Correspondent at Large Louise Evans investigates the ambitious plan to rid the River Seine of sewerage, making it a safe, swimmable venue for next year’s Olympic Games.
The last thing anyone who has enjoyed a River Seine cruise would do is dive overbroad for a swim in the polluted water – but that’s exactly what’s going to happen at the Paris 2024 Olympics.
In just over 12 months Paris will stage the Olympic 10km open water swim event and the triathlon (1,500m) and para triathlon (750m) swim legs in the Seine River – with a 1.4 billion Euro ($A2.25 billion) cleanup already underway for the famed river that flows through the heart of Paris.
The Olympic marathon swimming and triathlon events at Paris 2024 will start and finish at Pont Alexandre III, the bridge that connects the Champs-Élysées with the Invalides and the Eiffel Tower, with athletes swimming in the Seine for between 30 minutes and two hours.
Swimming in the Seine has however been banned for over a century because of high levels of pollution and the presence of E.coli and Enterococcus – both indicators of sewerage in the water. This is caused by an old-world, and overwhelmed, sanitation system that causes the sewers in the French capital to overflow and discharge harmful bacteria into the Seine during periods of heavy rain.
About 30 years ago then Paris mayor and later French President Jacques Chirac announced a major cleanup of the Seine and even vowed to swim in the river himself when it was completed. Alas Chirac died in 2019, having never been able to stage his public bath.
Since 2002, the summer Paris Plages event offers Parisians and visitors free areas to sunbathe and relax by the river but swimming in the Seine in the city centre was considered “quelle horreur” – awful. It is also officially banned and attracts a fine.
But now Parisians are determined to say adieu to the poo – not only making the Seine clean and swimmable for the 2024 Olympics but to open select sites along the Seine for general public bathing the following year.
The key to the cleanup lies under a public garden near the Left Bank’s Gare D’Austerlitz, where the construction of a vast subterranean water tank will store stormwater, preventing sewage spilling into the river during heavy rain sessions. The underground basin will have a 50,000 cubic-metre capacity – about 20 Olympic pools – that should prevent the city’s sanitation network from being overwhelmed.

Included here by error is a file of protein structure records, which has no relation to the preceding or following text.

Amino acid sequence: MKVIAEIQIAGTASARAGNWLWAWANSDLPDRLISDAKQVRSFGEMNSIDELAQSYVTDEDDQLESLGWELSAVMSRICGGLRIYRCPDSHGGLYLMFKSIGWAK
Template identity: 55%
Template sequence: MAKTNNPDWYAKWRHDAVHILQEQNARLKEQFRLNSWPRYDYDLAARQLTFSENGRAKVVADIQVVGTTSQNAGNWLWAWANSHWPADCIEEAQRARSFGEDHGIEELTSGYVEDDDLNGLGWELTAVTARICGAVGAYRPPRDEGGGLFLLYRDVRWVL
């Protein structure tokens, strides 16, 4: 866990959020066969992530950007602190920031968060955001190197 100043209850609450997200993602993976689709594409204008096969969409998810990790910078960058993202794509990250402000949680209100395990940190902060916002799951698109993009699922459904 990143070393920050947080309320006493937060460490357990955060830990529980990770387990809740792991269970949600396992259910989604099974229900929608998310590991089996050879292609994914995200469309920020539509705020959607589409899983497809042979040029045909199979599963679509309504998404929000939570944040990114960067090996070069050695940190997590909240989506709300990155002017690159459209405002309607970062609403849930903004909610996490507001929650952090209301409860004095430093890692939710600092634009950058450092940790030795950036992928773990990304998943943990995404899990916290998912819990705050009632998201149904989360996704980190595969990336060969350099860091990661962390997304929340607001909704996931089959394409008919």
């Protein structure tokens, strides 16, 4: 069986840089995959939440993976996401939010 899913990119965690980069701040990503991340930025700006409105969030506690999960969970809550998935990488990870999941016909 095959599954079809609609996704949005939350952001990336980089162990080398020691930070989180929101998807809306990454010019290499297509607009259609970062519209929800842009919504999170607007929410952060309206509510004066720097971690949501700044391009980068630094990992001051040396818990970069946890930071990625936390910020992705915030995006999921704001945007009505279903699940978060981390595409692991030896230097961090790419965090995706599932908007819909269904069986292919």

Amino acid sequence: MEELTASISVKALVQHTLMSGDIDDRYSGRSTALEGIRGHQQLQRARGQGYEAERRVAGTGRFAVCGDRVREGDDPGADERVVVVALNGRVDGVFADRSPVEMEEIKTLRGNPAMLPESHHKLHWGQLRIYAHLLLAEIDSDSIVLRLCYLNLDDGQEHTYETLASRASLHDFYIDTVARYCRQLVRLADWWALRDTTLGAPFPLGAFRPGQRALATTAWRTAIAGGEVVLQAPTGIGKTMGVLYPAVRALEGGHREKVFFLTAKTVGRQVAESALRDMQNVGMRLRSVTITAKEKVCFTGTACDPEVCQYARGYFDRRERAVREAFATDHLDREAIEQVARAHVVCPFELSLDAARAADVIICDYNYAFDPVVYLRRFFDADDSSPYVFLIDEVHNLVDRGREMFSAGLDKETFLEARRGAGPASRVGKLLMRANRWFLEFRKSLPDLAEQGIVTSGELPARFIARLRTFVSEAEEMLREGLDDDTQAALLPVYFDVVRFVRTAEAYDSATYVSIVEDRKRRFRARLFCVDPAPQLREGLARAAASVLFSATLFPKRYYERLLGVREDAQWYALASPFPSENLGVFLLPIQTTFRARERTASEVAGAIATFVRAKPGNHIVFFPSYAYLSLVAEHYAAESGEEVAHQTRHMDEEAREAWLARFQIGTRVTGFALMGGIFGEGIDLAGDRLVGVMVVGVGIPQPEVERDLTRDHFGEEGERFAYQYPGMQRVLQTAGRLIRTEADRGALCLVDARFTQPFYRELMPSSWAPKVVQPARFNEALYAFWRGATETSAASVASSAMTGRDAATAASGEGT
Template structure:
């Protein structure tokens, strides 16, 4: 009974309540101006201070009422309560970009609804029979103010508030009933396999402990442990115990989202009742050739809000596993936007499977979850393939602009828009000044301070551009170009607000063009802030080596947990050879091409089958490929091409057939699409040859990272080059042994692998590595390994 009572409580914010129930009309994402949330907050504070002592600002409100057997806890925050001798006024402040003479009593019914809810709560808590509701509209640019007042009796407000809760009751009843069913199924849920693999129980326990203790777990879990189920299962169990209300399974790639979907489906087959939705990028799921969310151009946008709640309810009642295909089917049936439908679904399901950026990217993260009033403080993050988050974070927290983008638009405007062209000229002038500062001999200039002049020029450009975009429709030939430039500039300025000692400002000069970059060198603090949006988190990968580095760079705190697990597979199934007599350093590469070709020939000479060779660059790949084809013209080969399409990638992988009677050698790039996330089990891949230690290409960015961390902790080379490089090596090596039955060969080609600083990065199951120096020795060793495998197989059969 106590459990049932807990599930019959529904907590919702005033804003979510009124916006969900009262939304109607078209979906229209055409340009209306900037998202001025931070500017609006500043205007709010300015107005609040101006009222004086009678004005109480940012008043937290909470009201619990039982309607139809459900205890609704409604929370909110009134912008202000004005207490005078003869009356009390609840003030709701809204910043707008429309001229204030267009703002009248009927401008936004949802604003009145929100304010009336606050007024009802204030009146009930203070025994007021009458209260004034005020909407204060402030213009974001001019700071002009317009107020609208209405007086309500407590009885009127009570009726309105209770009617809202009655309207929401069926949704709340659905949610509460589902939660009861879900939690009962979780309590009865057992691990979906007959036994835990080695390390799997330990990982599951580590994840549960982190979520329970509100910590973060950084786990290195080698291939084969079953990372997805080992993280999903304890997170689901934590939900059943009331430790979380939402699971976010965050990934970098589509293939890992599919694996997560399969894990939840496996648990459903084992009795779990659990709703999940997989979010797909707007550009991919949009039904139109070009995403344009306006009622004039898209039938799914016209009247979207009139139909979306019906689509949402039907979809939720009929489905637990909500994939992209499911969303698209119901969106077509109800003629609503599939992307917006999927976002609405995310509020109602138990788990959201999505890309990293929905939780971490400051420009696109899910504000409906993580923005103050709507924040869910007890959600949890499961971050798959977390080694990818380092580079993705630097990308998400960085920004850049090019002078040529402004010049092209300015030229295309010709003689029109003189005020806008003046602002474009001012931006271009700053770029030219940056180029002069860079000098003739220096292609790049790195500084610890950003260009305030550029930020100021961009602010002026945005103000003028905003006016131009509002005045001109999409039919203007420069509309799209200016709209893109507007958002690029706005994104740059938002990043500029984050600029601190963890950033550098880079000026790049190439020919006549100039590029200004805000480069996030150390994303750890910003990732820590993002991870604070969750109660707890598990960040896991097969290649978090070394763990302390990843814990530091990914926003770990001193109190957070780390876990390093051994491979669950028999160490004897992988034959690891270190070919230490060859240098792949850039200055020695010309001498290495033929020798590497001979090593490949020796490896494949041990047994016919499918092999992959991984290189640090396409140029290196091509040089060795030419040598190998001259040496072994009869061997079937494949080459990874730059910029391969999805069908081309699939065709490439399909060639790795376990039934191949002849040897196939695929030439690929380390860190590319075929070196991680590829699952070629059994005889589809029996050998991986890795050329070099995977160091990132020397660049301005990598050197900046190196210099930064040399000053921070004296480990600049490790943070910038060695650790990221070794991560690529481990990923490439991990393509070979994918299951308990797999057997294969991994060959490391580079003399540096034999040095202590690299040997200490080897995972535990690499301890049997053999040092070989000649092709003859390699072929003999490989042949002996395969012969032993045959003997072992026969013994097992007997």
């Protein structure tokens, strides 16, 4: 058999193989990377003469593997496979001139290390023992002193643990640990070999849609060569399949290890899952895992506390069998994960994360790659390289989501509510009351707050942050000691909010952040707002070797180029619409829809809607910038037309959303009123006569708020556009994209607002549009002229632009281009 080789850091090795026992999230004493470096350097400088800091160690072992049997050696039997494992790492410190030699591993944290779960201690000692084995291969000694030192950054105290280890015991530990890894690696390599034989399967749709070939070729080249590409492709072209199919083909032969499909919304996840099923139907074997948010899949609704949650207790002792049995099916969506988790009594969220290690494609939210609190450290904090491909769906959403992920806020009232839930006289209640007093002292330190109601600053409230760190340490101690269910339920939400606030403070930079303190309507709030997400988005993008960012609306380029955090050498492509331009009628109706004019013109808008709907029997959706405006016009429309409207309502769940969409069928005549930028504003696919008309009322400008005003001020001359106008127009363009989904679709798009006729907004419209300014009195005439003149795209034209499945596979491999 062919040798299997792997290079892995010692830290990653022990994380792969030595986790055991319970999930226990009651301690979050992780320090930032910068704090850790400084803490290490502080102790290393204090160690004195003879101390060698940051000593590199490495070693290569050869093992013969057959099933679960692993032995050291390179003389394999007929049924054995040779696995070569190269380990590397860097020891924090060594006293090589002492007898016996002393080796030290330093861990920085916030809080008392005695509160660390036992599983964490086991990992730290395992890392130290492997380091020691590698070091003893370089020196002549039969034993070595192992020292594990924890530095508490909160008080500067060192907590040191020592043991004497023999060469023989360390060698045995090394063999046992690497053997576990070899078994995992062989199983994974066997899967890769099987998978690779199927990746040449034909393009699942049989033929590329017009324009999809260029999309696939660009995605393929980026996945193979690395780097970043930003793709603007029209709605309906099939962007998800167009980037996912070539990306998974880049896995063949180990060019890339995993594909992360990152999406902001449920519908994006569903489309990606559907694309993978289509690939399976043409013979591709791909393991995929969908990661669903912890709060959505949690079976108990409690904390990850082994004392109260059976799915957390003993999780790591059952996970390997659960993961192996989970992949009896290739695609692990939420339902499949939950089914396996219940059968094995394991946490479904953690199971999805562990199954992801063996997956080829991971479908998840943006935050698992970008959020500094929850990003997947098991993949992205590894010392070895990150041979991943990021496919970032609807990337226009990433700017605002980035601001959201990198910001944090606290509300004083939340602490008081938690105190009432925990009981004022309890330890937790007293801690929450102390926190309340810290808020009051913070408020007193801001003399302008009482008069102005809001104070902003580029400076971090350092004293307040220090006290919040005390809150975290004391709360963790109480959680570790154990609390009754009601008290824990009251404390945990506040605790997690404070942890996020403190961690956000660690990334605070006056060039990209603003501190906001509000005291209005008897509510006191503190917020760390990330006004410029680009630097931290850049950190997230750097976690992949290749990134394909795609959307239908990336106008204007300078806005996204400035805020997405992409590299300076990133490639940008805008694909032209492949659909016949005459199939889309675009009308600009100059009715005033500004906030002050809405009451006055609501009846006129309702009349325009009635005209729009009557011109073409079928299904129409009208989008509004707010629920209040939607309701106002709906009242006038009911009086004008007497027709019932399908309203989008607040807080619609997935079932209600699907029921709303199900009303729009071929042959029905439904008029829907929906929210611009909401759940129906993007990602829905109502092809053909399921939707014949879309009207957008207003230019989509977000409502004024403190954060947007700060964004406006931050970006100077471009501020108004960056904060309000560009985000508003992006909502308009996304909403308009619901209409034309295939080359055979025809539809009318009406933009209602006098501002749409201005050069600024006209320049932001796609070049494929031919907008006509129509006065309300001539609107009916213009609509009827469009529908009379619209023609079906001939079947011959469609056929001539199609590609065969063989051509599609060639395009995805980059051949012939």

A Paris Deputy Mayor Pierre Rabadan, the former international rugby player who is in charge of Olympic Sport, announced on Twitter on June 8 that the initial test results of water quality had proved “excellent” and test events for the marathon swimming (August 5-6) and triathlon (August 17-20) could proceed.
“The first results of the water quality of the Seine for the 2023 summer season have arrived. They reveal an excellent quality for the Test Évents of this summer, the historic events in the Seine of the JOP of @Paris2024 then for the general public in 2025! 👙🏊” Rabadan tweeted (in French).
Parisians have been told that come the summer of 2025 they will have access to 26 new swimming pools dotted along the Seine, with four in the city center that will be roped off and protected from the heavy boat traffic that ferries, cargo, garbage, and about seven million tourists annually.
Another deputy mayor Colombe Brossel, who looks after cleanliness of public spaces, sorting and reducing waste, recycling and reuse, said the massive 1.4 billion Euro investment and cleanup would be an Olympic “inheritance” for the people of Paris and the capital’s many visitors.
Louise Evans is an award-winning journalist who has worked around Australia and the world as a reporter, foreign correspondent, editor and media executive for media platforms including The Sydney Morning Herald (eight years), The Australian (11 years) and Australian Associated Press (six years in London, Beijing and Sydney).
A women sports’ pioneer, Louise was the first female sports journalist employed by The Sydney Morning Herald and the first female sports editor at The Australian. Louise went on to work at six Olympic Games, six Commonwealth Games and numerous world sporting championships and grand slam tennis events.
Louise is the Founding Editor of AAP FactCheck, the Creator of #WISPAA – Women in Sport Photo Action Awards and national touring Exhibition and the author and producer of the Passage to Pusan book, documentary and exhibition.
In 2019 she was awarded the Order of Australia Medal (OAM) Queen’s Honour for services to the media and sport and named an Australian Financial Review Top 100 Woman of Influence for services to the arts, culture and sport.
In 2020 she won a NSW Volunteer of the Year Award plus the NSW Government Community Service Award for her women-in-sport advocacy work.